The following eight life-history traits were recorded: time of egg deposition relative to the oviposition period (DO), number of eggs laid per cohort (NE), mean vitellus diameter per cohort (RV), volume of galerta calculated as a difference among egg’s volume and vitellus volume (VG), number of hatched larvae per cohort (NH), total length of hatched larvae per cohort (TL), duration of embryonic period of embryos per cohort (EP) and total hatchling survival rate of embryos per cohort (SR). Measurements of egg and vitellus diameter and TL of hatched larvae were taken by M. C. using UTHSCSA IMAGETOOL version 3.0 (http://ddsdx.uthscsa.edu/dig/itdesc.html).

Statistical analyses

To investigate the pattern of mortality during the embryonic period, we estimated survival rate (SR) as a proportion of live embryos recorded between two checkpoints. Survival rate confidence intervals were calculated according to the following formula:

FIG2

where q = 1-SR, SR is the survival rate and n is number of eggs at the beginning of the experiment. Two survival rates were considered significantly different (at 0.95 level) when respective confidence intervals did not overlap (Geller, 1983; Miaud, 1994).

To investigate the relationship between recorded life-history traits for each cohort (NE, RV, VG, SR, TL, EP), as well as between recorded developmental stages of embryos at each particular checkpoint (S7, S11, S15), we calculated Pearson correlation coefficients between these traits separately for each species. The pattern of correlation between recorded traits was analysed with matrix correlations. The similarity of these correlations between species was tested using Quadratic Assignment Procedures (Mantel’s test) with 10,000 iterations. The significance test is based on the null hypothesis of no similarity in correlation patterns between compared matrices. A significant correlation between matrices would suggest a non-negligible concordance in correlation pattern between compared matrices.

Matrix correlations were used to estimate the degree of correspondence between interspecies observed correlation patterns and to estimate the robustness of observed correlations. We estimated the robustness and repeatability of observed correlation matrices using the resampling with replacement, or “bootstrapping”, method (Cheverud et al., 1989; Marroig and Cheverud, 2001). For each species of sample size n, n samples were randomly resampled with replacements from the original dataset. This procedure was repeated 500 times (Efron and Tibshirani, 1993), and 500 bootstrap datasets were generated separately for each species using Poptools 2.62 (Hood, 2004). For each generated dataset, correlation matrices were calculated and compared with the correlation matrix obtained from the original data using a matrix correlation. The frequency distributions of matrix self-correlations were used to estimate the robustness of correlation matrices. The repeatability of matrix self-correlations were used to estimate the theoretical maximum matrix correlation (R max ) and to obtain an adjusted matrix correlation (R adj ) between two observed matrices (Marroig and Cheverud, 2001). The value of R max was calculated as (tA tB ) 0.5, where tA and tB denoted the mean of the matrix self-correlations of matrices A and B, respectively. The adjusted matrix correlation (R adj ) was calculated as the observed correlation between two matrices (R obs ) divided by the maximum matrix correlation (R max ).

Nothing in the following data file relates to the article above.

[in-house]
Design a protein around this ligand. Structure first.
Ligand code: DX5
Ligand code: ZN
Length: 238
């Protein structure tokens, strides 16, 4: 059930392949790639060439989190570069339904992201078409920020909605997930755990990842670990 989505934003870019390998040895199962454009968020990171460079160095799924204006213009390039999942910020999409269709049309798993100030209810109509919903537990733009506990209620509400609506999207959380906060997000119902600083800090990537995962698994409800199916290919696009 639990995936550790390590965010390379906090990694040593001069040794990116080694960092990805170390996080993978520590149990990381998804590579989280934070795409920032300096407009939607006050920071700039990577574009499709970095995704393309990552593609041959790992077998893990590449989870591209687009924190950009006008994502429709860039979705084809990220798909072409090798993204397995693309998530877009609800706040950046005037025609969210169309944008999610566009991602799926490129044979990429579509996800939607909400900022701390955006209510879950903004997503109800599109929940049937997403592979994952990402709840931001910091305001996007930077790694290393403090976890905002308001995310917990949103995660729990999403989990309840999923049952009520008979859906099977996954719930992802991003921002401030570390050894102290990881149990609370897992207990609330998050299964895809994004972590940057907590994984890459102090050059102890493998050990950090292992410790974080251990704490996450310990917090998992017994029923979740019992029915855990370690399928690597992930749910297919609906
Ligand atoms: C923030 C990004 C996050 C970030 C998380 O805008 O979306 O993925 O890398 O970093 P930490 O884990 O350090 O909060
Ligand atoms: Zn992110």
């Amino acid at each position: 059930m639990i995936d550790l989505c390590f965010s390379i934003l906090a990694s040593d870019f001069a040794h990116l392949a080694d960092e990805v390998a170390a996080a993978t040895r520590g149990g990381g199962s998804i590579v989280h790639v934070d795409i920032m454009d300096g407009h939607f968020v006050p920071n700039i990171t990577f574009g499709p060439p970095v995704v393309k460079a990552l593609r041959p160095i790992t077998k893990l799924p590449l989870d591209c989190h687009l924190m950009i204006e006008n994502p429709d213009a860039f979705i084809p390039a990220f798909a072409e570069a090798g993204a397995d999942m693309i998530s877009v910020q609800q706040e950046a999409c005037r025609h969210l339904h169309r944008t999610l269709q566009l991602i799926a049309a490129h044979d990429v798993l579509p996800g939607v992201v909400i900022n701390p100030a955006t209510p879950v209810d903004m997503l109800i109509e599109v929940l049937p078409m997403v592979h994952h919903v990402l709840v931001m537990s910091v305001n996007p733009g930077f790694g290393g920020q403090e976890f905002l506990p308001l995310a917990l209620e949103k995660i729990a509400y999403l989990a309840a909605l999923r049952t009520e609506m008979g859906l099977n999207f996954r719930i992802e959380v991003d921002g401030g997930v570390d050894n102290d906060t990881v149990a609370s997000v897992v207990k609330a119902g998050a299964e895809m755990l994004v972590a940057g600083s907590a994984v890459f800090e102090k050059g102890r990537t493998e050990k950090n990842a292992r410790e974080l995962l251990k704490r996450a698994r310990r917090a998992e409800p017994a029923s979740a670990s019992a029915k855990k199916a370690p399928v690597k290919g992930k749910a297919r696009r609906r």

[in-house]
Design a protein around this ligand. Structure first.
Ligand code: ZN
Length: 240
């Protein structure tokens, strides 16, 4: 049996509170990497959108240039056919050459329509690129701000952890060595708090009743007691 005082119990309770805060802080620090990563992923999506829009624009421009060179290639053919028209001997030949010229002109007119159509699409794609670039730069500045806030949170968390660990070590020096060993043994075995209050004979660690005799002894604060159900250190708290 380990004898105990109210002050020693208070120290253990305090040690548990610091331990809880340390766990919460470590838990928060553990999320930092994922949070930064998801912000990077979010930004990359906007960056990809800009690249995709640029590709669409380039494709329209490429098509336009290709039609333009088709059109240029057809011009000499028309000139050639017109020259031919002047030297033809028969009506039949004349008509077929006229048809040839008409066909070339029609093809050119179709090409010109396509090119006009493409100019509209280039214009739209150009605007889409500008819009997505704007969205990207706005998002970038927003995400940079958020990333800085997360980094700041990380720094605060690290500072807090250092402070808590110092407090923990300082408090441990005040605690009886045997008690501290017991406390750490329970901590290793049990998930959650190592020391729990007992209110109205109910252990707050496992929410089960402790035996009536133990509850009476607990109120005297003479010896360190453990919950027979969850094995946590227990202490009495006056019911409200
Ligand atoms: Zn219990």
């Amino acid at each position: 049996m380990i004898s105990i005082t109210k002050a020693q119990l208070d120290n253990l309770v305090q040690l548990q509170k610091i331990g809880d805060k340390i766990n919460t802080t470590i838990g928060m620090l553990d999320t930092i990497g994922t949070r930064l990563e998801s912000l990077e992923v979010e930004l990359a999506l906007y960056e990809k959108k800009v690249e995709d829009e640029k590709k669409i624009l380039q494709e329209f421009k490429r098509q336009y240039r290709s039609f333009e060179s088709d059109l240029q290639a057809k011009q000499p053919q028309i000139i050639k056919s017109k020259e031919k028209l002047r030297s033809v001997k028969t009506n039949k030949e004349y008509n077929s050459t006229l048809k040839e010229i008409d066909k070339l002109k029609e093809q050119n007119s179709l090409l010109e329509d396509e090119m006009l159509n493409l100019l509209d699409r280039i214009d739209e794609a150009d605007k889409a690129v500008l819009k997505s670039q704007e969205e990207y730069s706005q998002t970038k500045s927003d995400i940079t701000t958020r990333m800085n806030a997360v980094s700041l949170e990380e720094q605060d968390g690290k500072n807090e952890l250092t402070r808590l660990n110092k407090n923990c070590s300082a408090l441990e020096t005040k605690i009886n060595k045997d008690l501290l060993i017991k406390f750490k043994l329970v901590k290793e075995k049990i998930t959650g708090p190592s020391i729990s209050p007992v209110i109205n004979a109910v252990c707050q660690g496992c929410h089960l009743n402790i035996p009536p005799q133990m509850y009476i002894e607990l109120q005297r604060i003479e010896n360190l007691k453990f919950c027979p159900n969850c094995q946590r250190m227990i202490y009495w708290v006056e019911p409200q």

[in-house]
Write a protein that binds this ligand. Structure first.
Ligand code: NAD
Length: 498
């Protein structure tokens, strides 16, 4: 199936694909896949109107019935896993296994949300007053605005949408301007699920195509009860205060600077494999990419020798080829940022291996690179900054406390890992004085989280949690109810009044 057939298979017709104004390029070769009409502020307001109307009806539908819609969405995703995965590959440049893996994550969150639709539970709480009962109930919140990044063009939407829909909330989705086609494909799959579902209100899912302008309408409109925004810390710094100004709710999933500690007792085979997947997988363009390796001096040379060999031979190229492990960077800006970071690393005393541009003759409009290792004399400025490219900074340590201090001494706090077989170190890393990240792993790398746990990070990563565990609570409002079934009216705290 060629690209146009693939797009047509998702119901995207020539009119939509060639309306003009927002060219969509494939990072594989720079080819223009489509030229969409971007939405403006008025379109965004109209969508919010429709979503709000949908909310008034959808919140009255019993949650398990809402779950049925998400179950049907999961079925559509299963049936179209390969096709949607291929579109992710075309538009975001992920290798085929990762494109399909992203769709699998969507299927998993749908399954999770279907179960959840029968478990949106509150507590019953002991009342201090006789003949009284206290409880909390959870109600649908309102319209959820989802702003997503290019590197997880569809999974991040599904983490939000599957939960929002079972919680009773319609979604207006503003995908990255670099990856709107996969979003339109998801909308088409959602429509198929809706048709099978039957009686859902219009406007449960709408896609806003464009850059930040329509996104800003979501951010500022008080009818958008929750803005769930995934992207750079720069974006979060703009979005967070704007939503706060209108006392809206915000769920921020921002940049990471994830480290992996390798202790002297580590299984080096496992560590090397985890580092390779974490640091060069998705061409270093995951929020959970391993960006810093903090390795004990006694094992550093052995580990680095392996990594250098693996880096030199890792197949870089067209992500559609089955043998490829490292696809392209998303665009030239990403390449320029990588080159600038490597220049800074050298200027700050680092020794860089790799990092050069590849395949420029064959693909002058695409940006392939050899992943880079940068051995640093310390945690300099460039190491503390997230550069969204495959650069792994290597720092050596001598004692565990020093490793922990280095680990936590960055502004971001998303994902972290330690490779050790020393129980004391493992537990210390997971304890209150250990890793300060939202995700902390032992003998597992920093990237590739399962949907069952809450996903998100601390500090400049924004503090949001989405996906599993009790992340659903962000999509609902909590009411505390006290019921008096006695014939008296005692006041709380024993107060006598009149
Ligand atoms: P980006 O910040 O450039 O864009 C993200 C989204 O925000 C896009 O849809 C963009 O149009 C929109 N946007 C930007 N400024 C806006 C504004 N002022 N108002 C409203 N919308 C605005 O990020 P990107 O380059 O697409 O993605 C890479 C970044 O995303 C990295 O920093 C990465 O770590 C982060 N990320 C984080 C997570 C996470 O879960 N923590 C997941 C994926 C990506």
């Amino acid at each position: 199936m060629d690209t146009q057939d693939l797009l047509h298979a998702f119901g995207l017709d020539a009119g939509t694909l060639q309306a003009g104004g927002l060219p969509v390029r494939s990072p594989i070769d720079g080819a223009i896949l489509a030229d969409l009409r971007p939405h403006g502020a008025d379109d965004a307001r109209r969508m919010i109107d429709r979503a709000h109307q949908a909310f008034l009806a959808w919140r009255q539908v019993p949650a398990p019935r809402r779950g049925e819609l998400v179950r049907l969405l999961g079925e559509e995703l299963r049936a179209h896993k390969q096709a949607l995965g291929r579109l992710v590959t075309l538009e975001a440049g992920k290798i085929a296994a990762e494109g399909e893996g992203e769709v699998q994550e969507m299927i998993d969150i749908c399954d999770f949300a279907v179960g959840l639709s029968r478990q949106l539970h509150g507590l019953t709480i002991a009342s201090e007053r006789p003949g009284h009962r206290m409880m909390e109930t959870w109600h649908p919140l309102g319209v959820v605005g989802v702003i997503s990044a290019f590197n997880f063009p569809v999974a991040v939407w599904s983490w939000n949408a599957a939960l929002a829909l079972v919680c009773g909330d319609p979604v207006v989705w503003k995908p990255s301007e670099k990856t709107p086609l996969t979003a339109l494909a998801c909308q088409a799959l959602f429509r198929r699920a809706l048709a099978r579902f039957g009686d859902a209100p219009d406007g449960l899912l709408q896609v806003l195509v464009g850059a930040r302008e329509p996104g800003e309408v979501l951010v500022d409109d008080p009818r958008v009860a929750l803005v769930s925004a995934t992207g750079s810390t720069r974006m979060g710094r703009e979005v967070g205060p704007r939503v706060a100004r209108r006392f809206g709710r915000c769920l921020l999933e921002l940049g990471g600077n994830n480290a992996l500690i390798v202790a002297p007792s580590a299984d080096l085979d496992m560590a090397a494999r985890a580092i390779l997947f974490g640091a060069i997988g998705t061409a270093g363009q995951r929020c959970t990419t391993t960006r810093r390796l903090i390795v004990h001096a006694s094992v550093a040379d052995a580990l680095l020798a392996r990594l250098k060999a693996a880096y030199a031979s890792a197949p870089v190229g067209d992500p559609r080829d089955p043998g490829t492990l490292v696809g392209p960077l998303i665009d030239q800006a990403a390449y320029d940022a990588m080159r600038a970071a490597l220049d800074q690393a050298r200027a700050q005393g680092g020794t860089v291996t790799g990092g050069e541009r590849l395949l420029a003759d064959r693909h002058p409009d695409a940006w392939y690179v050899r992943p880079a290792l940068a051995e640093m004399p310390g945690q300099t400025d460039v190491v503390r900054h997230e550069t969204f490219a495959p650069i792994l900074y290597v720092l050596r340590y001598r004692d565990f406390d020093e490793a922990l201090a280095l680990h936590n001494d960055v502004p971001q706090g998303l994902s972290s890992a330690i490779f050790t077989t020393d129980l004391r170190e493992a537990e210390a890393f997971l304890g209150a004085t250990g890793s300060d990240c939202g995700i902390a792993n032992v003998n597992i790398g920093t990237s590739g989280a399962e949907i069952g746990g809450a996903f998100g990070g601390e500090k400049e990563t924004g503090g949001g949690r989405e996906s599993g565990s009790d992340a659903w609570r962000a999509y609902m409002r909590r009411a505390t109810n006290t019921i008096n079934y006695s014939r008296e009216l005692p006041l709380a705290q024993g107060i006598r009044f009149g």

Since temperature is one of the most important variables affecting amphibian embryonic development, direct comparisons of embryonic developmental timing between different species must be assayed at the animals’ preferred developmental temperatures (Bonacci et al., 2005; D’Amen et al., 2007). Taking these limitations into account, we compared the rate and timing of developmental events of crested newt species at two temperatures. To analyse the differences in the embryonic developmental stages between species at each particular checkpoint (S7, S11, S15), we performed Friedman and Kruskal-Wallis tests. We then used a Mann-Whitney analysis to test for statistical significance in pair-wise comparisons.